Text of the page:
Burn pits exemplify the “deadly” logistical systems of empire (Cowen 2014) that merge slow violence with fast. They show how the uneven distribution of toxic harm is built into the practices and policies that sustain US military force. This is not collateral damage or accident but an infrastructural violence all its own, one with global implications: the US military’s carbon footprint outstrips that of many small, industrialized nations, and there is no being on earth not in some way downwind of its effects. Through the smoke of the pits, we glimpse the violence of military biopolitics, which produces harm in the name of making life and sustains life in the service of killing and killability. Though the use of burn pits has declined, especially following the withdrawal of the bulk of US forces from both Iraq and Afghanistan, the pits’ logics and logistics remain embedded in US military doctrine, and the slow burn of their transformative toxicity goes on.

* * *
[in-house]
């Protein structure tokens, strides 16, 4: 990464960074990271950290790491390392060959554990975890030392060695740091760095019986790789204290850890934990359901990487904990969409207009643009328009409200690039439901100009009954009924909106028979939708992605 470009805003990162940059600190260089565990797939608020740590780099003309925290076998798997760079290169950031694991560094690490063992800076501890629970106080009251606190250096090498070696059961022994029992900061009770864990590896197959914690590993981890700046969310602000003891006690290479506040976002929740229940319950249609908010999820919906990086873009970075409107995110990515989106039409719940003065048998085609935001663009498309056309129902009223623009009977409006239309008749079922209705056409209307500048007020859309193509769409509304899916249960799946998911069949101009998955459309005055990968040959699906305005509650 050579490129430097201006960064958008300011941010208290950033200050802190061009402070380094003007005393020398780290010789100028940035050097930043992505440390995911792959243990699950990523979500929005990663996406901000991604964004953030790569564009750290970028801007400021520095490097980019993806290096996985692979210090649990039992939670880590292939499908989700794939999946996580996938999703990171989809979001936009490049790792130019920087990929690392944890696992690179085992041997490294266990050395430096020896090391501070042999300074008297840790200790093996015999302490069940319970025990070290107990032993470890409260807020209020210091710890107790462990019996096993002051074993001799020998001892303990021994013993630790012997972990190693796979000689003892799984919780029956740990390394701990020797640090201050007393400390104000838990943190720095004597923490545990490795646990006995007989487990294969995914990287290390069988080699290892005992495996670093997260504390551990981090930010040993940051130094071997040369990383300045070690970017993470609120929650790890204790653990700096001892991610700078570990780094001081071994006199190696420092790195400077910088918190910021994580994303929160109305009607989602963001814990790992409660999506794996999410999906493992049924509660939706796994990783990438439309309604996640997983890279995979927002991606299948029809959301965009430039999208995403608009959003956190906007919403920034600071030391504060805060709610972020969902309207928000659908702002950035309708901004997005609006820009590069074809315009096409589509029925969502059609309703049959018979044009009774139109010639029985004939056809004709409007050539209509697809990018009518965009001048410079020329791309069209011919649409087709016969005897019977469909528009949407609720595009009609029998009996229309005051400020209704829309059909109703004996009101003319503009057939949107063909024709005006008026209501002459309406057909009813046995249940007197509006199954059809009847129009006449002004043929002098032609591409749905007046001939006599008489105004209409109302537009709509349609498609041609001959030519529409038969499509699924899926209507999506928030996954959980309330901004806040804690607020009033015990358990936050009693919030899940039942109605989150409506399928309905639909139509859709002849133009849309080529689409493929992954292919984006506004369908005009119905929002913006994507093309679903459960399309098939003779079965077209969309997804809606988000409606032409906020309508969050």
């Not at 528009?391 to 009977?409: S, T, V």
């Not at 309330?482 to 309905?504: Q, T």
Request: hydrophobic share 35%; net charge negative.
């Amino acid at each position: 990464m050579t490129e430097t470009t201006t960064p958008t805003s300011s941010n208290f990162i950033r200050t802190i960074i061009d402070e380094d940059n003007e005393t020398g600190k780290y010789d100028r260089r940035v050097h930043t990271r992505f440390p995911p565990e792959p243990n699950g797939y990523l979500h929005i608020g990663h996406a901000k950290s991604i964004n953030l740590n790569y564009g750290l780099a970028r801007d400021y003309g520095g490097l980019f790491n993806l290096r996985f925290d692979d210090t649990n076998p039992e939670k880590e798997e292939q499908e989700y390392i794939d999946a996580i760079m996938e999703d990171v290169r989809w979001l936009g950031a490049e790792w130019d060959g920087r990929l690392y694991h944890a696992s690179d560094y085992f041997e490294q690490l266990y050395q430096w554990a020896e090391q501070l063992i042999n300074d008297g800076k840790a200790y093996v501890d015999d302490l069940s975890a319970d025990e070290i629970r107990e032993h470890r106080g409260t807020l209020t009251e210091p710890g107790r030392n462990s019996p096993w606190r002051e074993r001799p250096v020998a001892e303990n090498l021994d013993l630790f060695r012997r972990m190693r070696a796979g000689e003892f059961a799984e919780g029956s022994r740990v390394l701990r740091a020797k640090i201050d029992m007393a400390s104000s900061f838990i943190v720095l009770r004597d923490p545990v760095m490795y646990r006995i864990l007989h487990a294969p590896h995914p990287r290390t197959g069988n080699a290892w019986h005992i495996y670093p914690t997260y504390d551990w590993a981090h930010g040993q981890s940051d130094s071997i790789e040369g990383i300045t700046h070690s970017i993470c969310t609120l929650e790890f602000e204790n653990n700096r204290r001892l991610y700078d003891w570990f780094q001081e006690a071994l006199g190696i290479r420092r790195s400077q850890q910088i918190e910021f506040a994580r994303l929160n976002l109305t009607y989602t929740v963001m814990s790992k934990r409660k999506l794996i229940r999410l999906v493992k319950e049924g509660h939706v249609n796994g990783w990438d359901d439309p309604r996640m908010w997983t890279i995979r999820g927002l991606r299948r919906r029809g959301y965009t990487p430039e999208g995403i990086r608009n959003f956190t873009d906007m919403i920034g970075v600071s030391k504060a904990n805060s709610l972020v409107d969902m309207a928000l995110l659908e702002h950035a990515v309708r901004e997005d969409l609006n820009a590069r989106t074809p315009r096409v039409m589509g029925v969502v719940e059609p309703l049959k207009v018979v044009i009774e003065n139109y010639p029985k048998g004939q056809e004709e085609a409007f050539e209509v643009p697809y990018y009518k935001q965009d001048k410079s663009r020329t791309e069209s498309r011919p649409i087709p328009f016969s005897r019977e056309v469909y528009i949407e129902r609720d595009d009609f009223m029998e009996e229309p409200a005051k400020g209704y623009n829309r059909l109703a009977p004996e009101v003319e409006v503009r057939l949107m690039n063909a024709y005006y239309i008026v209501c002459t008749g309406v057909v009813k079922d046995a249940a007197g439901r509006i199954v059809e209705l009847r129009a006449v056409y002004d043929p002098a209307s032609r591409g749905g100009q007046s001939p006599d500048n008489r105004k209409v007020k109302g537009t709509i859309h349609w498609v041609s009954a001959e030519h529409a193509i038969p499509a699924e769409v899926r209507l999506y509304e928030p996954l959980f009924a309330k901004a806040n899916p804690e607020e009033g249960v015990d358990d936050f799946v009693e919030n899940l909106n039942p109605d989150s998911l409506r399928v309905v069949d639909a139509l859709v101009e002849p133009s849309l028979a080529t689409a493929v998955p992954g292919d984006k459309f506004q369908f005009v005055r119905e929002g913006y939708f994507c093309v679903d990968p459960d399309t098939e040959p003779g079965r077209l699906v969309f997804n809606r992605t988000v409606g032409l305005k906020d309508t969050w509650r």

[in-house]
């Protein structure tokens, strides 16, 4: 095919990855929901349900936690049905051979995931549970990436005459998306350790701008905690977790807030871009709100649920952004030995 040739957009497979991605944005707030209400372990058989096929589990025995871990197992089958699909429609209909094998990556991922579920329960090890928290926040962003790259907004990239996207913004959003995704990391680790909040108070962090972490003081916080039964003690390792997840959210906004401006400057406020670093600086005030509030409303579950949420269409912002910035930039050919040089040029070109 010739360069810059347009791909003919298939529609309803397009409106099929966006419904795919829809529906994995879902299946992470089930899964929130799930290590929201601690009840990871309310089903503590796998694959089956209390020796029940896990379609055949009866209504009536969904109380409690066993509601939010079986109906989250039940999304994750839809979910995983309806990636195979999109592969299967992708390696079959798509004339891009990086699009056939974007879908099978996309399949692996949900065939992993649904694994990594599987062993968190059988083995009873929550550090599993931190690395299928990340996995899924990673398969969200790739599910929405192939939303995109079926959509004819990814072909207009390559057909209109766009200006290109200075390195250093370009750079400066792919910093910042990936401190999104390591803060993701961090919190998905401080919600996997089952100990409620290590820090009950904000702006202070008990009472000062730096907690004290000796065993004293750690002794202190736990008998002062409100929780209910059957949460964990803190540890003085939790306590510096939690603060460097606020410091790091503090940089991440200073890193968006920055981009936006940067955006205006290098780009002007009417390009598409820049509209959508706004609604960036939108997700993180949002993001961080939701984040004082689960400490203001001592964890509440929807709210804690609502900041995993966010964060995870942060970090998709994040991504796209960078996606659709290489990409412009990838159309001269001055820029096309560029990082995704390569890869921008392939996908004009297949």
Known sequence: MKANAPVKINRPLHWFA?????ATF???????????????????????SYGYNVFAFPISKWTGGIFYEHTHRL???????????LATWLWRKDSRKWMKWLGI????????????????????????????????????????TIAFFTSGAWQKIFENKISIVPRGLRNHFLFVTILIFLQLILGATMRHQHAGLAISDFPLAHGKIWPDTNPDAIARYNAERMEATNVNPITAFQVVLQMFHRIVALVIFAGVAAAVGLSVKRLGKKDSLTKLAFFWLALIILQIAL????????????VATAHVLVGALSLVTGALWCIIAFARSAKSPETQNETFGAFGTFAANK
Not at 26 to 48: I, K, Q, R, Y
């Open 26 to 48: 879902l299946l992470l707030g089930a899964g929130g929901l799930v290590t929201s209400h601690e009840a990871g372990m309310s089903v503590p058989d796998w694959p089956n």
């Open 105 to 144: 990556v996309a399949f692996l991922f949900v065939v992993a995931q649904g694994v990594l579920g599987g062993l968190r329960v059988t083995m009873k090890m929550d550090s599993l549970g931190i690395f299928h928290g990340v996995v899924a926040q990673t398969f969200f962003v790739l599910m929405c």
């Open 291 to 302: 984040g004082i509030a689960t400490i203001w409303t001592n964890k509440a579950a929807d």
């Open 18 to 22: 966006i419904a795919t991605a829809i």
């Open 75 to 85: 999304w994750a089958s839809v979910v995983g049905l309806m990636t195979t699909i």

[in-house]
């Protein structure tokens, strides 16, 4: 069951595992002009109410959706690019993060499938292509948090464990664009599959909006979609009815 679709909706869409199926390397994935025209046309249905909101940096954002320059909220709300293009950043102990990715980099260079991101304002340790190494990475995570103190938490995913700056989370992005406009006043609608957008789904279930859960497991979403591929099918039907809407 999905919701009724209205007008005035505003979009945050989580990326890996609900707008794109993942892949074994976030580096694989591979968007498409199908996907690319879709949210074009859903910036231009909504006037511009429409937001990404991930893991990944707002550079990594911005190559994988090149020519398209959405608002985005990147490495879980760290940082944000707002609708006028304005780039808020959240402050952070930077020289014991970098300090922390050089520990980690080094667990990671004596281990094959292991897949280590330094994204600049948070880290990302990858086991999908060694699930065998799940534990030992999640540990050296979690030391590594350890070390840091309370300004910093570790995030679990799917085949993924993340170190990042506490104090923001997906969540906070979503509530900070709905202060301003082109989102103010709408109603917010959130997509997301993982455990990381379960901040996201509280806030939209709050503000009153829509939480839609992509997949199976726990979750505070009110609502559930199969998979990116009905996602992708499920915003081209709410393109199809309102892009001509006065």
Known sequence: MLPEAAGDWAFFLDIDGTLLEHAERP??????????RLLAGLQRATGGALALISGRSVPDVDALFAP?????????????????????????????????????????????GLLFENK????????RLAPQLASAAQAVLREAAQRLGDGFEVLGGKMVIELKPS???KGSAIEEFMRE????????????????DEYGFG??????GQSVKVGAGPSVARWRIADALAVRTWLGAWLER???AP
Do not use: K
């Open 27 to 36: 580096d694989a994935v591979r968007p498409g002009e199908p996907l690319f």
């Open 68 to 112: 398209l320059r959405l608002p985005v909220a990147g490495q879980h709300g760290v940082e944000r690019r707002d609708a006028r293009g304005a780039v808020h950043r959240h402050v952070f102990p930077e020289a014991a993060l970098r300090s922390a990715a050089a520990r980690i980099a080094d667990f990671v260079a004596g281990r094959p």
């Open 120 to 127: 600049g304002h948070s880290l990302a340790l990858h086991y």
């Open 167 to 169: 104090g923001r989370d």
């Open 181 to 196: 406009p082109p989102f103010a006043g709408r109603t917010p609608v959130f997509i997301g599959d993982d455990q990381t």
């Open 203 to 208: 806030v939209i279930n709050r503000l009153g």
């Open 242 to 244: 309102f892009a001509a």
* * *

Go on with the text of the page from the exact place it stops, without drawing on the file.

Cowen, Deborah. 2014. The Deadly Life of Logistics: Mapping Violence in Global Trade. Minneapolis, MN: University of Minnesota Press.
Dewachi, Omar. 2017. Ungovernable Life: Mandatory Medicine and Statecraft in Iraq. Stanford, CA: Stanford University Press.
Liboiron, Max. 2021. Pollution Is Colonialism. Durham, NC: Duke University Press.
Rubaii, Kali. 2020. “Birth Defects and the Toxic Legacy of War in Iraq.” Middle East Research and Information Project. September 22, 2020.
Stamatopoulou-Robbins, Sophia. 2019. Waste Siege: The Life of Infrastructure in Palestine. Stanford, CA: Stanford University Press.